There's an old saying that you can tell the pioneers by the arrows in their backs. During my time at Accipiter, I had seen what appeared to be a few circular firing squads but few people who seemed to be leaders, and that was rapidly becoming a problem for our innovation effort.
You see, everyone is for innovation until someone has to be innovative. It's kinda like cliff diving or parachuting. In the abstract, sounds like a great idea, but in reality the corporate environment tends to weed out executives who introduce change or take on risky propositions. It was clear that everyone had the message from Jim and George that Accipiter was going to become more innovative. And every senior executive was ducking our meetings, hoping they wouldn't be called on to go first.
Our plan called for building an innovation capability, identifying, recruiting and training an innovation team and defining innovation processes while simultaneously doing some innovation work for one product line or business unit. I've found that doing one or the other is interesting but incomplete. If we focus on the buildout, sooner or later four or five months down the road everyone wants to know where the ideas are. If we focus on a specific innovation effort, there's no way to duplicate it once the work is done. Only by combining the two can we resolve short term needs with long term goals. But that works as long as someone wants to go first.
Accipiter had clearly bread a grow of senior managers and executives who were very happy with the status quo, and did not want to risk any change. Our innovation team had been approached by exactly two executives who were interested in working with us to kick off the innovation effort, and while they were earnest I wasn't sure they were the best candidates. Gregg Flynn ran a small aerospace components business line that had been hammered by off-shore competition. His margins and shared had eroded, and he was desperate for some new products. I wasn't sure if he was volunteering to save his job or because he believed innovation would matter. Mike Fraser had also met with us. Unlike Gregg, his machined products group was an industry leader, and had good differentiation and margins. Mike was interested in driving even more distance between his business and his competitors. Neither of these businesses were large or "core" to Accipiter. That meant that if we were successful we'd probably still have a tough time convincing the rest of Accipiter that changes we'd implemented would matter in the rest of the business.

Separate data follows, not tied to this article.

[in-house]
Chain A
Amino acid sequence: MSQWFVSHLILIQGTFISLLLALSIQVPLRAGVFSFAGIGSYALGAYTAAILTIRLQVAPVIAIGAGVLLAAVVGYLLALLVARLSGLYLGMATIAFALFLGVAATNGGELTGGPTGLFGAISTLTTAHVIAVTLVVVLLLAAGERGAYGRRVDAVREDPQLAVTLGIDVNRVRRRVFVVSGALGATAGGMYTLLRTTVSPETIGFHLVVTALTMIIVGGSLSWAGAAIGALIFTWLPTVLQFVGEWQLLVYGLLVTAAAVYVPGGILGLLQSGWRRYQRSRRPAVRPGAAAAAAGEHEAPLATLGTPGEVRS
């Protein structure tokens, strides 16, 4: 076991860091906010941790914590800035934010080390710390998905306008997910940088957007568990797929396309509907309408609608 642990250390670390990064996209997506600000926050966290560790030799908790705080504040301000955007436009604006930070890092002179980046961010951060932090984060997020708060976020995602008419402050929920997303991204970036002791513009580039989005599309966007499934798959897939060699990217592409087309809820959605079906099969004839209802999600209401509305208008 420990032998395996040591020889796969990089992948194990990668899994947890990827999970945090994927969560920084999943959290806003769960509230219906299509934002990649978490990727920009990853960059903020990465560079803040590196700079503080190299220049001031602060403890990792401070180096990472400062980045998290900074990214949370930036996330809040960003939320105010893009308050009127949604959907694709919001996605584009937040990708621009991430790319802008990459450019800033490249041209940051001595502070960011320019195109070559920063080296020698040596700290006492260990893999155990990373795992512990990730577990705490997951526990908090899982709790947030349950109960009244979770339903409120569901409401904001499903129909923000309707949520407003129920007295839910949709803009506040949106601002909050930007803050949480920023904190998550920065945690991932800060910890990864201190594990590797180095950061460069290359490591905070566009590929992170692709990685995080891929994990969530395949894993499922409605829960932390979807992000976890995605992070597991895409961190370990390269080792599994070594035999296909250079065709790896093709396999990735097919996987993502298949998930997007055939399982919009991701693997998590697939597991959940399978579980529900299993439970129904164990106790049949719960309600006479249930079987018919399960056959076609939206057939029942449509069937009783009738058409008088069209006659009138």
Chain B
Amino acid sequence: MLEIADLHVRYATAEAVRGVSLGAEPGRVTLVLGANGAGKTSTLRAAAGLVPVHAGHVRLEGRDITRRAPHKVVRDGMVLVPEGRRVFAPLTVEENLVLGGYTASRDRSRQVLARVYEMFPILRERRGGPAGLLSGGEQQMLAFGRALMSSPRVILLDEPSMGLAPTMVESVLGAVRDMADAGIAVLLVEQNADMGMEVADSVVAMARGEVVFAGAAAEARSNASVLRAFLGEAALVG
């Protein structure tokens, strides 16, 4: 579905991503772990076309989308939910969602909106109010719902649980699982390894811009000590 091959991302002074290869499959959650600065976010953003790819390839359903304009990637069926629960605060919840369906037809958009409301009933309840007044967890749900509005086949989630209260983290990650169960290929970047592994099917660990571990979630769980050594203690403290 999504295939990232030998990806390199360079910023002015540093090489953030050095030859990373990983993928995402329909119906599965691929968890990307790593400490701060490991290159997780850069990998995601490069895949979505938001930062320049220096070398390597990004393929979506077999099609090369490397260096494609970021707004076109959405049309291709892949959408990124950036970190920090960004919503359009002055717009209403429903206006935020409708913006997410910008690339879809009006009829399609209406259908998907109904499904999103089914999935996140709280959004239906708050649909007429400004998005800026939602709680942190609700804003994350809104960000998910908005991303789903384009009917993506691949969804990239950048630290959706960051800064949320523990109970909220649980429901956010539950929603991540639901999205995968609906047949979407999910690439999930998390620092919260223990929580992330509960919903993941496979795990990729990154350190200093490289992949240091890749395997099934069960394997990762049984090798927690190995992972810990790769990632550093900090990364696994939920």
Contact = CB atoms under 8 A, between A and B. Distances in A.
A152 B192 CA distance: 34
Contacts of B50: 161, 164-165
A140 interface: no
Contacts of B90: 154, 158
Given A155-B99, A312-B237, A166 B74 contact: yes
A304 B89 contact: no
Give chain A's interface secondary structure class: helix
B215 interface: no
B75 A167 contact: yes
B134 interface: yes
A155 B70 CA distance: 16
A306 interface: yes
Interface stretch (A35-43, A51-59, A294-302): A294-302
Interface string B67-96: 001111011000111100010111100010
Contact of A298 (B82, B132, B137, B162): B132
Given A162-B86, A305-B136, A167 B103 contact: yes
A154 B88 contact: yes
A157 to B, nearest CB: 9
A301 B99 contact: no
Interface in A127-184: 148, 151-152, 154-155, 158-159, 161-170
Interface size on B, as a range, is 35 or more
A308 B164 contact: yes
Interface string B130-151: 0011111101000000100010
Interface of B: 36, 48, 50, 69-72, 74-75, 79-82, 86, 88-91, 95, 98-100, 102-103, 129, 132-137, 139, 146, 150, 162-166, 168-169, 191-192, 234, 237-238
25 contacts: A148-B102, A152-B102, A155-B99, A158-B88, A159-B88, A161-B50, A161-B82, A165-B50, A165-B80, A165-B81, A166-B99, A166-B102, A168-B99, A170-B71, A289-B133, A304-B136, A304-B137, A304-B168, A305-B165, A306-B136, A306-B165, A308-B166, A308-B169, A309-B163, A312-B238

Susan and I wanted one of the core business units to step forward, thinking that if we could do great work with one of them, the rest would notice and fall in line. But we also believed we needed to get started quickly, with a team willing to work with us. With a team still under development and the clock ticking, we didn't have time to convince an executive to take a chance with us. So we chose to work with Flynn's team, thinking that if we could create some interesting new products or services, we'd get the attention of the rest of the business. Margin improvement to a strong business is valuable, but could be discounted. Real change in a struggling business would draw attention.
By the time we recruited a few team members and had Flynn on board for the short term innovation effort, we were a month into a six month effort, far behind our original goals, but with the right people on board to succeed. It amazes me how much a committed executive and senior leadership team can water down the desire of a CEO. The level of urgency and desire for change was dramatically different, and I was sure we'd need to get Jim and George involved in our work to demonstrate to Accipter that innovation wasn't a sideshow but a new way of doing business.
Innovation is about finding and discovering
1 week ago